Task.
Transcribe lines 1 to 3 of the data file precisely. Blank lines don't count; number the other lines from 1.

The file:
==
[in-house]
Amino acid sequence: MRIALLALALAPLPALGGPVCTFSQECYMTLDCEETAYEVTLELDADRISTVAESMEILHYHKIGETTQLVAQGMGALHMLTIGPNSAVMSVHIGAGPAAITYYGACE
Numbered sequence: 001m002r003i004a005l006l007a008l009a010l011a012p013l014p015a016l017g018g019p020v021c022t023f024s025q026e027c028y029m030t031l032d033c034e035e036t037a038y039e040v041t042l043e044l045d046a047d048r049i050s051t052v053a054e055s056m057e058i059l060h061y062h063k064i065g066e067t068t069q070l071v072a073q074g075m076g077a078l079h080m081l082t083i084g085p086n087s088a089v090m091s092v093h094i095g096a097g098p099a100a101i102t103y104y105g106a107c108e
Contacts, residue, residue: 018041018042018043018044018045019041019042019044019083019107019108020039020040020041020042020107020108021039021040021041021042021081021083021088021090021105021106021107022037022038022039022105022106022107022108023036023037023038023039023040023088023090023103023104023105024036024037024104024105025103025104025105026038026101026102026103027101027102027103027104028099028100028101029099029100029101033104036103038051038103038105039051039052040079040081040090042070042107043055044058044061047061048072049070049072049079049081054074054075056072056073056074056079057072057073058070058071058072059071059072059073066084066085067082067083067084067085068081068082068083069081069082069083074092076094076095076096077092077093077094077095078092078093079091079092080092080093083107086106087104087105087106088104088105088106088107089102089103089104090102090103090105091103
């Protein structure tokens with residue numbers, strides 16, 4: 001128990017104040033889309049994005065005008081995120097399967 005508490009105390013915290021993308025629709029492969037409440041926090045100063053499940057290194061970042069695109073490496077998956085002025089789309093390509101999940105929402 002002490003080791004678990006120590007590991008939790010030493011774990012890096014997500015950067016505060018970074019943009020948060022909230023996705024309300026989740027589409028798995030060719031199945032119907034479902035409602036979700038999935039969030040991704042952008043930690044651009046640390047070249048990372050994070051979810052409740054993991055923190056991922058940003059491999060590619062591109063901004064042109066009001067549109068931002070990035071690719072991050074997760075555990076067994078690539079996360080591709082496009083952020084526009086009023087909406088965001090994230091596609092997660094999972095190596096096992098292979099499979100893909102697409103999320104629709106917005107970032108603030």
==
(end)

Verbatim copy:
[in-house]
Amino acid sequence: MRIALLALALAPLPALGGPVCTFSQECYMTLDCEETAYEVTLELDADRISTVAESMEILHYHKIGETTQLVAQGMGALHMLTIGPNSAVMSVHIGAGPAAITYYGACE
Numbered sequence: 001m002r003i004a005l006l007a008l009a010l011a012p013l014p015a016l017g018g019p020v021c022t023f024s025q026e027c028y029m030t031l032d033c034e035e036t037a038y039e040v041t042l043e044l045d046a047d048r049i050s051t052v053a054e055s056m057e058i059l060h061y062h063k064i065g066e067t068t069q070l071v072a073q074g075m076g077a078l079h080m081l082t083i084g085p086n087s088a089v090m091s092v093h094i095g096a097g098p099a100a101i102t103y104y105g106a107c108e